Harness Racing Australia is banning the use of whips to urge horses to the finish line from 1 September, 2017 in a world-leading equine welfare initiative that improves the industry’s image and enhances its sustainability.
The decision sets the pace in animal welfare, and for the long-term support and sustainability of the industry. It also aligns with high expectations of the community, fans, and industry participants in harness racing.
The announcement makes Australia the first country in the world to voluntarily take such meaningful action.
The whip ban broadens Harness Racing Australia’s (HRA) world leadership position in the industry, which is already established through a wide-ranging welfare agenda, including zero-tolerance to prohibited substances in racing.
The Chairman of HRA, Mr Geoff Want, said today: “The whip ban decision was not taken lightly, but was made on our own initiative because we believe it is the right decision at the right time.
We have been moving down this path for six years by limiting its use with a strong focus on health and welfare of horses.
“We see the ban as a vital way of demonstrating our responsibility as an industry, and to earning and maintaining the social acceptance and sustainability of harness racing.”
HRA Executive meeting yesterday unanimously agreed to the implementation details of the ban, following the proactive initiative of members at the Annual General Meeting of Harness Racing Australia last October.
The Executive also gave detailed consideration to the likely effect of the ban on harness racing audiences and the punting public.
“We are strongly of the belief that the improved image of our sport will add to the appeal of our racing product and be broadly welcomed by fans,” said Mr Want. “We are confident that wagering turnover will not be impacted and indeed a number of professional punters have indicated support for the ban.”
The implementation of the ban from 1 September, 2017 will allow for a program of awareness, education, and research and monitoring to be undertaken across the industry.
The program will embrace the education of drivers and horses. It will also include a major research task to ensure safety is maintained when drivers do not have a whip to control unexpected horse movements.
Mr Want said many drivers were concerned control over a horse would be curtailed without a whip, especially when horses shy (leap sideways) or back up. He said HRA Executive accepted the challenges the ban presented for ensuring safety was maintained for drivers, people, horses, trainers, stablehands and people nearby.
“Between now and the implementation of the whip ban, we will consult widely in the industry, especially with drivers and trainers, and with animal welfare advocates, such as the RSPCA,” Mr Want said.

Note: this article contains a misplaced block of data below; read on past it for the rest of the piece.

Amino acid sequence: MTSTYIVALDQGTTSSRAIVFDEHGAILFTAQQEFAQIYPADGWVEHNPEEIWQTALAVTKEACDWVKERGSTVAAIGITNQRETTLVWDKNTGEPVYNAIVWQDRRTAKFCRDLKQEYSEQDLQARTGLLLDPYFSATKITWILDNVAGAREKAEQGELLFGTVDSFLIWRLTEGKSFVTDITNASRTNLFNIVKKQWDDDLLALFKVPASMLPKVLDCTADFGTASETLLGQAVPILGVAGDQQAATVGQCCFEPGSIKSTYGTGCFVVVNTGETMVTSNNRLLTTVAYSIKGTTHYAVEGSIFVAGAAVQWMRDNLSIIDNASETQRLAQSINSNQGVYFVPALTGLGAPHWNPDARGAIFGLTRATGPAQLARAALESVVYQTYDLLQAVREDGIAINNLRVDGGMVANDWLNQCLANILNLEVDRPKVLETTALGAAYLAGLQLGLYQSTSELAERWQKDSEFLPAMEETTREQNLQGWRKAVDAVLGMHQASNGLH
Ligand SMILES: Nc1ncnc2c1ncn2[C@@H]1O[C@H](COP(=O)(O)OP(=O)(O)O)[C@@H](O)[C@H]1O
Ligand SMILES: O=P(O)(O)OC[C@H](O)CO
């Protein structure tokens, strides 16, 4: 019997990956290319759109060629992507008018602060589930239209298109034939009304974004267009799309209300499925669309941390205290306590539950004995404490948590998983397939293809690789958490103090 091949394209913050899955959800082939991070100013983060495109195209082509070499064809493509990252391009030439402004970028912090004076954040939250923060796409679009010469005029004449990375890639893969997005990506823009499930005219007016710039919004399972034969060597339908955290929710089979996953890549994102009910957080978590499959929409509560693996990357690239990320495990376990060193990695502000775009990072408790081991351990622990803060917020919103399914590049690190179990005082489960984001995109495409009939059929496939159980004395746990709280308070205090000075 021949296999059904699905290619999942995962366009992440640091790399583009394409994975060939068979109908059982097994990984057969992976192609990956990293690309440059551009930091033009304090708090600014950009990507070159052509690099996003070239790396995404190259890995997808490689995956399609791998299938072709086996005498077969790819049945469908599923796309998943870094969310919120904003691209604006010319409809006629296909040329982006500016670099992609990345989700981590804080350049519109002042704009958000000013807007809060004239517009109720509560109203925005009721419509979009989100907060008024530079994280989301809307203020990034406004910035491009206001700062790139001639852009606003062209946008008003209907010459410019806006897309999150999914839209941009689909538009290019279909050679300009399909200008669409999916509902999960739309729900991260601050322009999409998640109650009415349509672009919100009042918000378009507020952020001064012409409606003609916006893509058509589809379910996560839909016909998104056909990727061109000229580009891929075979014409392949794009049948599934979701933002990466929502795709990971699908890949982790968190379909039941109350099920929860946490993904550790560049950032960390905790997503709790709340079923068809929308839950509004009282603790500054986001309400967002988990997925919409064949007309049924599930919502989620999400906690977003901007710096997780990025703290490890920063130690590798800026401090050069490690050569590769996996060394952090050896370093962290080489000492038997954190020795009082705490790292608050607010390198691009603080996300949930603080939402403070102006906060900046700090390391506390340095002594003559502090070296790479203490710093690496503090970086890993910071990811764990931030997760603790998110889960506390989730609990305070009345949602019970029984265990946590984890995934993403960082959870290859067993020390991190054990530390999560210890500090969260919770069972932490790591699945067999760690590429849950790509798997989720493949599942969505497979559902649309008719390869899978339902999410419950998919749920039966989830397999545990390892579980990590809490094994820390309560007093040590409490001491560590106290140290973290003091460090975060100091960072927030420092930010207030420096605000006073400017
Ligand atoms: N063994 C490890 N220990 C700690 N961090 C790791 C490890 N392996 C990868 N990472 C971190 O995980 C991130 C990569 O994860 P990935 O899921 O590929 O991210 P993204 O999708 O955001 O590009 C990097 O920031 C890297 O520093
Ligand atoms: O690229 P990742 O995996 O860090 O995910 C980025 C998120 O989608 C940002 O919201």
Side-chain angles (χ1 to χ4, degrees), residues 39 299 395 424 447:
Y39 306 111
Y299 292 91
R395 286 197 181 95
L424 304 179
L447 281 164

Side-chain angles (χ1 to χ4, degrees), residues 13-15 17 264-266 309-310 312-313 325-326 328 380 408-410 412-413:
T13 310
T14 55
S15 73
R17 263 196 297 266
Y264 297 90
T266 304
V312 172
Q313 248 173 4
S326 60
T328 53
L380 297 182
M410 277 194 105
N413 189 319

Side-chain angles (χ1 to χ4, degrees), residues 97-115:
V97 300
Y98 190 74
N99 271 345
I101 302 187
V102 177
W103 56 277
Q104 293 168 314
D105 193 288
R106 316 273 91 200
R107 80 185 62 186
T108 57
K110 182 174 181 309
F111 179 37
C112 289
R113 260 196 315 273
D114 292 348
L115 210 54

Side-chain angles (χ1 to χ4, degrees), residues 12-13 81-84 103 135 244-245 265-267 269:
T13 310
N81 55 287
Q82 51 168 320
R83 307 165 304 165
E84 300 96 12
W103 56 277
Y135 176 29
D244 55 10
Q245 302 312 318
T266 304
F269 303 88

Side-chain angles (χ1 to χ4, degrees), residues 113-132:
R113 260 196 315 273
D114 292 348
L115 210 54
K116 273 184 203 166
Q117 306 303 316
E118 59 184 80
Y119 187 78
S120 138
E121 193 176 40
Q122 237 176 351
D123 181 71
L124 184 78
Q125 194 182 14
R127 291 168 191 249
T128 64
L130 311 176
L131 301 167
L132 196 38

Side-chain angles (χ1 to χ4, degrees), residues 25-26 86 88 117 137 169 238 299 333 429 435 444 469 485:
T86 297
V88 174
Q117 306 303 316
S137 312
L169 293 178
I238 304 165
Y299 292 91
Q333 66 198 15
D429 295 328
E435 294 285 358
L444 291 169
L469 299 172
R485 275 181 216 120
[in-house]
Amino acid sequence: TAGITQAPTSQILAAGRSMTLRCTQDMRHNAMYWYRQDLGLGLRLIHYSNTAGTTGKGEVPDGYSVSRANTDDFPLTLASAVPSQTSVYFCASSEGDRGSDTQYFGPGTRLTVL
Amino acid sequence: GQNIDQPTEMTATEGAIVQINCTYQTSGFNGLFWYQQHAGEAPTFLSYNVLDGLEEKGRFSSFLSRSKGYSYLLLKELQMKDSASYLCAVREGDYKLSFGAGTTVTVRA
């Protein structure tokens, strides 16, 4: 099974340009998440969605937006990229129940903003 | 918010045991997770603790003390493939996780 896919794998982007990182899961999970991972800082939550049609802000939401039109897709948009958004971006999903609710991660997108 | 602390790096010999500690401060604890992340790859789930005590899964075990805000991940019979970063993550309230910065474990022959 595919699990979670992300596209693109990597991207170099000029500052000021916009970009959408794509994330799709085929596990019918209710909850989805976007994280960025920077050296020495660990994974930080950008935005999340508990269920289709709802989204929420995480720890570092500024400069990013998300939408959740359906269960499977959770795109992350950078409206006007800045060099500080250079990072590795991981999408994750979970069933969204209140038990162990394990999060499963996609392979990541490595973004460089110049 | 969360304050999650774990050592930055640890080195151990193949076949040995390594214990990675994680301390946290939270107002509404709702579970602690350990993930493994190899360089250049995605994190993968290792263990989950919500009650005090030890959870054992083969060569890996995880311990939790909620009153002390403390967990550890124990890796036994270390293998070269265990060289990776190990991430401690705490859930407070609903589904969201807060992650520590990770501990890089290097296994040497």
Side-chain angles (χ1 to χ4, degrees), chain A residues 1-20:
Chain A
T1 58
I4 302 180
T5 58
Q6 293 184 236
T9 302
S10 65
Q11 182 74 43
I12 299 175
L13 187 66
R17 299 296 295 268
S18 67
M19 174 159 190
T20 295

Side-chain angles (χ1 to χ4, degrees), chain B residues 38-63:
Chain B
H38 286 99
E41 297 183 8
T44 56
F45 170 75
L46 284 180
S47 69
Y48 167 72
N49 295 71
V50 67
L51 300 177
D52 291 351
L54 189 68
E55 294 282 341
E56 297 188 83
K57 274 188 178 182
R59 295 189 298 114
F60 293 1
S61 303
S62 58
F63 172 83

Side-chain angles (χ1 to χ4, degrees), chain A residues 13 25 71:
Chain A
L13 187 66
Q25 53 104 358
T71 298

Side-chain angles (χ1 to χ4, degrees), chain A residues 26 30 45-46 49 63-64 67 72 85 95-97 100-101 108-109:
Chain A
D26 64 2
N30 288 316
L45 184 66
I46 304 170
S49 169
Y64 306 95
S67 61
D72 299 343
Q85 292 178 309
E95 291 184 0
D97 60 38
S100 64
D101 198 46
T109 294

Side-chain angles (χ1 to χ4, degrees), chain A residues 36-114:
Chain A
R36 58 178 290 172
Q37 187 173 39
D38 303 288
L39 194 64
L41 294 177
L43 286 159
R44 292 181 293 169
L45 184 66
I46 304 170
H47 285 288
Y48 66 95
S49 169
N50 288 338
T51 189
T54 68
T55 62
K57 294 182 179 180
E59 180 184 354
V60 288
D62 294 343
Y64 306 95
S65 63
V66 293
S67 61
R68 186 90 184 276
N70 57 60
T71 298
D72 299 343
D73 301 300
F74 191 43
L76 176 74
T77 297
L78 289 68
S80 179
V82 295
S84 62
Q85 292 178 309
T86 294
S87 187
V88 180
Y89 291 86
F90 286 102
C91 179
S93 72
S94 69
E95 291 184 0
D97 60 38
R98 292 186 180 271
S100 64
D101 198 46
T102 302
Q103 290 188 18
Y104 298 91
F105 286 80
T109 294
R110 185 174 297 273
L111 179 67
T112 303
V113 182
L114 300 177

“Whatever tool evolves from this process, it will only be allowed to avoid or guide a horse out of a dangerous situation to itself, other horses, drivers or anyone nearby.
“It will definitely be banned from use to urge a horse to better perform and strict penalties will apply for any breaches of its use.
“Undoubtedly, some people may resist change, or feel the decision limits competitiveness in harness racing. We are confident they will be proved wrong and will eventually see the merit of banning the whip,” he said.
"We know some drivers are concerned about safety issues, but we feel the process of developing a tool to maintain safety will allay concerns.
“There is ample evidence the whip is not needed in our industry and that its use to enhance racing performance is questionable,” he said. “If no driver uses a whip then no driver has a perceived advantage - each race will be conducted on a level playing field, have a fair winner and horse welfare will be enhanced”.
Mr Want said animal welfare would continue to be addressed during the transition to banning the whip and the industry would seek input from the RSPCA going forward.
CEO of the RSPCA Australia, Ms Heather Neil, commended the HRA’s leadership, and said: “This is a powerful sign the harness racing industry is both listening to its stakeholders and acknowledging the concerns of the wider community.
“As Harness Racing Australia has recognised, racing should celebrate quality horsemanship, breeding and training - whips shouldn’t come into it.”
Mr Want said: “Our members have a considerate and ethical equine welfare agenda and rules, and we do a great deal to enforce rigorous animal welfare protocols. The whip ban is part of continued improvements.
“For example, we have just appointed our inaugural Equine Health & Welfare Coordinator to benchmark states, review policy, manage disease and quarantine, and clear international horse movements.”
Australia’s leading driver - and 11-times winner of the national drivers’ championship - Chris Alford said he supported the ban.
“Drivers are very sensitive to their horses, and appreciate and support moves to ensure high standards of animal welfare that are aligned with community expectations,” he said.
“We also know that a shying horse is a danger to itself, drivers, people and other horses nearby. I fully support the decision to ban the whip, plus maintain safety for all involved.”
The move is receiving much publicity worldwide and is well supported within the industry.
The RSPCA and Professor Paul McGreevy (in this piece) welcomed the announcement, and are urging the Thoroughbred racing industry and its governing body Racing Australia to follow the lead of harness racing, and announce the end of whip use as the outcome of the current whip rule review.